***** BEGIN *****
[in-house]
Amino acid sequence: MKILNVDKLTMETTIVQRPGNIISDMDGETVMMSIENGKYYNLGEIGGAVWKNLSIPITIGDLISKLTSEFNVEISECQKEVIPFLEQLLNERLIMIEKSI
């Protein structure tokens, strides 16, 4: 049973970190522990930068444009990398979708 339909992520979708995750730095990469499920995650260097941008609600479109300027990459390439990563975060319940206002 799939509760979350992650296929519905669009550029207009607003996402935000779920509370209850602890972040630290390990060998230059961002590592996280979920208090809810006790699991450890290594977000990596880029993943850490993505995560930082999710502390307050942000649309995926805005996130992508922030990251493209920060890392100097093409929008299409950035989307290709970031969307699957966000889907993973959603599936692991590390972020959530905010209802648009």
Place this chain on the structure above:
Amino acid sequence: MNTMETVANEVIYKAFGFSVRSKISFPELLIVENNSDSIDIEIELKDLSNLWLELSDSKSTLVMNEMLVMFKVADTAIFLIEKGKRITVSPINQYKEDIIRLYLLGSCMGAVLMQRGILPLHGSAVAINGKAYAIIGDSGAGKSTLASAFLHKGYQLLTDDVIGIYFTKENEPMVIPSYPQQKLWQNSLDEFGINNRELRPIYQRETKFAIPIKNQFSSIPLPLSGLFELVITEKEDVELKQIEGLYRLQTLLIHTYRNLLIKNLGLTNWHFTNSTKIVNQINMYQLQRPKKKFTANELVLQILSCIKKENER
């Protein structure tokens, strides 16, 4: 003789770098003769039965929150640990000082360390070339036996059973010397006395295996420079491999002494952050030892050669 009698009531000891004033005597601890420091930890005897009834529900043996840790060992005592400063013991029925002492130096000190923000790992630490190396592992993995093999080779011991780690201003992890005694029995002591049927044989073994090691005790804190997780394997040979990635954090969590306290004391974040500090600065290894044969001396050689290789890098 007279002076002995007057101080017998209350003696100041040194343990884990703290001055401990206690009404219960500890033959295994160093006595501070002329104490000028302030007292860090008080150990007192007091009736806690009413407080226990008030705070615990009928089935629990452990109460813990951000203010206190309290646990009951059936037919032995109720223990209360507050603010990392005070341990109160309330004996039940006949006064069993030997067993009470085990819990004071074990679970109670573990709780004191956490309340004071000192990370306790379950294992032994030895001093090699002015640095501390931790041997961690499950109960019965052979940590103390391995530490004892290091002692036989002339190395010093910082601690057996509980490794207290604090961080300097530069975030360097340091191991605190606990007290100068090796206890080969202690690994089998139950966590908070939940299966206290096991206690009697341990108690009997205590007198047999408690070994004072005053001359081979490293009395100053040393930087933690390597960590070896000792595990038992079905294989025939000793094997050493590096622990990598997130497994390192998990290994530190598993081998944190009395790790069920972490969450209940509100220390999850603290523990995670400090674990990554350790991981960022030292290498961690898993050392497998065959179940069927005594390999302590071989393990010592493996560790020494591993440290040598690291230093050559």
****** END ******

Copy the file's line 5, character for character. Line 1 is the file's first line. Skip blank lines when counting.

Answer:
Amino acid sequence: MNTMETVANEVIYKAFGFSVRSKISFPELLIVENNSDSIDIEIELKDLSNLWLELSDSKSTLVMNEMLVMFKVADTAIFLIEKGKRITVSPINQYKEDIIRLYLLGSCMGAVLMQRGILPLHGSAVAINGKAYAIIGDSGAGKSTLASAFLHKGYQLLTDDVIGIYFTKENEPMVIPSYPQQKLWQNSLDEFGINNRELRPIYQRETKFAIPIKNQFSSIPLPLSGLFELVITEKEDVELKQIEGLYRLQTLLIHTYRNLLIKNLGLTNWHFTNSTKIVNQINMYQLQRPKKKFTANELVLQILSCIKKENER